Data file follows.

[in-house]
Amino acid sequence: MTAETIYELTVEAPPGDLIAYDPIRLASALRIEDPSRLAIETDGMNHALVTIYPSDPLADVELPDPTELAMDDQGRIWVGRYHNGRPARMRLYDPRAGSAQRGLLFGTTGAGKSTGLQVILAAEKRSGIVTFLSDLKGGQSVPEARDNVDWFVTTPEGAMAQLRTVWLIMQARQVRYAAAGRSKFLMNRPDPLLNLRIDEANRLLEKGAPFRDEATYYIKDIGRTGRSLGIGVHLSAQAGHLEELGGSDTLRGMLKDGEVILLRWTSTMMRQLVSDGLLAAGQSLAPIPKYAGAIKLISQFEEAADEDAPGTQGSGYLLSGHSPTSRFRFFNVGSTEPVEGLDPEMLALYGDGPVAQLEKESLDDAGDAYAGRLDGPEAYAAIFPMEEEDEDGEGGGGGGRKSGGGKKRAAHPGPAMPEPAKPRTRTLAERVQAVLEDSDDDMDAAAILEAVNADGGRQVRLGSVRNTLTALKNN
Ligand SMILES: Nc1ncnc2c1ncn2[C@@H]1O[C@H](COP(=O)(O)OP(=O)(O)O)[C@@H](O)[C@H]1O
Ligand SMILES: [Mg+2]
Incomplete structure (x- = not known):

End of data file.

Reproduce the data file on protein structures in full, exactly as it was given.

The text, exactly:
[in-house]
Amino acid sequence: MTAETIYELTVEAPPGDLIAYDPIRLASALRIEDPSRLAIETDGMNHALVTIYPSDPLADVELPDPTELAMDDQGRIWVGRYHNGRPARMRLYDPRAGSAQRGLLFGTTGAGKSTGLQVILAAEKRSGIVTFLSDLKGGQSVPEARDNVDWFVTTPEGAMAQLRTVWLIMQARQVRYAAAGRSKFLMNRPDPLLNLRIDEANRLLEKGAPFRDEATYYIKDIGRTGRSLGIGVHLSAQAGHLEELGGSDTLRGMLKDGEVILLRWTSTMMRQLVSDGLLAAGQSLAPIPKYAGAIKLISQFEEAADEDAPGTQGSGYLLSGHSPTSRFRFFNVGSTEPVEGLDPEMLALYGDGPVAQLEKESLDDAGDAYAGRLDGPEAYAAIFPMEEEDEDGEGGGGGGRKSGGGKKRAAHPGPAMPEPAKPRTRTLAERVQAVLEDSDDDMDAAAILEAVNADGGRQVRLGSVRNTLTALKNN
Ligand SMILES: Nc1ncnc2c1ncn2[C@@H]1O[C@H](COP(=O)(O)OP(=O)(O)O)[C@@H](O)[C@H]1O
Ligand SMILES: [Mg+2]
Incomplete structure (x- = not known):